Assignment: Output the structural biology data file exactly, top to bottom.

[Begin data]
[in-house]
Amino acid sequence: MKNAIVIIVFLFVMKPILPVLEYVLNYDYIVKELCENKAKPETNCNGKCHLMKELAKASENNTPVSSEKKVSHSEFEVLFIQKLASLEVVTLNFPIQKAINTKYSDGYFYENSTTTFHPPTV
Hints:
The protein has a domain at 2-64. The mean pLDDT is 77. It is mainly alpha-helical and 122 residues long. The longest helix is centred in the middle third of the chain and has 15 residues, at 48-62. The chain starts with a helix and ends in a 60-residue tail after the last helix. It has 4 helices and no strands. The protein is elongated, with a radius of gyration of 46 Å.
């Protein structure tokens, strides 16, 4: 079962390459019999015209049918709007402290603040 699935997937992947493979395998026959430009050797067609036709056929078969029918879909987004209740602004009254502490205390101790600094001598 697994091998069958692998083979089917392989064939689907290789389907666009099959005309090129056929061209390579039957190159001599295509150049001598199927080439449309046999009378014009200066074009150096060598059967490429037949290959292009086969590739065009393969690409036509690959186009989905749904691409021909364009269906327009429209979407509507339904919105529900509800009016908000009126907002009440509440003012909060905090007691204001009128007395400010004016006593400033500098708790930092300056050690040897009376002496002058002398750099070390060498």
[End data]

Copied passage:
[in-house]
Amino acid sequence: MKNAIVIIVFLFVMKPILPVLEYVLNYDYIVKELCENKAKPETNCNGKCHLMKELAKASENNTPVSSEKKVSHSEFEVLFIQKLASLEVVTLNFPIQKAINTKYSDGYFYENSTTTFHPPTV
Hints:
The protein has a domain at 2-64. The mean pLDDT is 77. It is mainly alpha-helical and 122 residues long. The longest helix is centred in the middle third of the chain and has 15 residues, at 48-62. The chain starts with a helix and ends in a 60-residue tail after the last helix. It has 4 helices and no strands. The protein is elongated, with a radius of gyration of 46 Å.
């Protein structure tokens, strides 16, 4: 079962390459019999015209049918709007402290603040 699935997937992947493979395998026959430009050797067609036709056929078969029918879909987004209740602004009254502490205390101790600094001598 697994091998069958692998083979089917392989064939689907290789389907666009099959005309090129056929061209390579039957190159001599295509150049001598199927080439449309046999009378014009200066074009150096060598059967490429037949290959292009086969590739065009393969690409036509690959186009989905749904691409021909364009269906327009429209979407509507339904919105529900509800009016908000009126907002009440509440003012909060905090007691204001009128007395400010004016006593400033500098708790930092300056050690040897009376002496002058002398750099070390060498």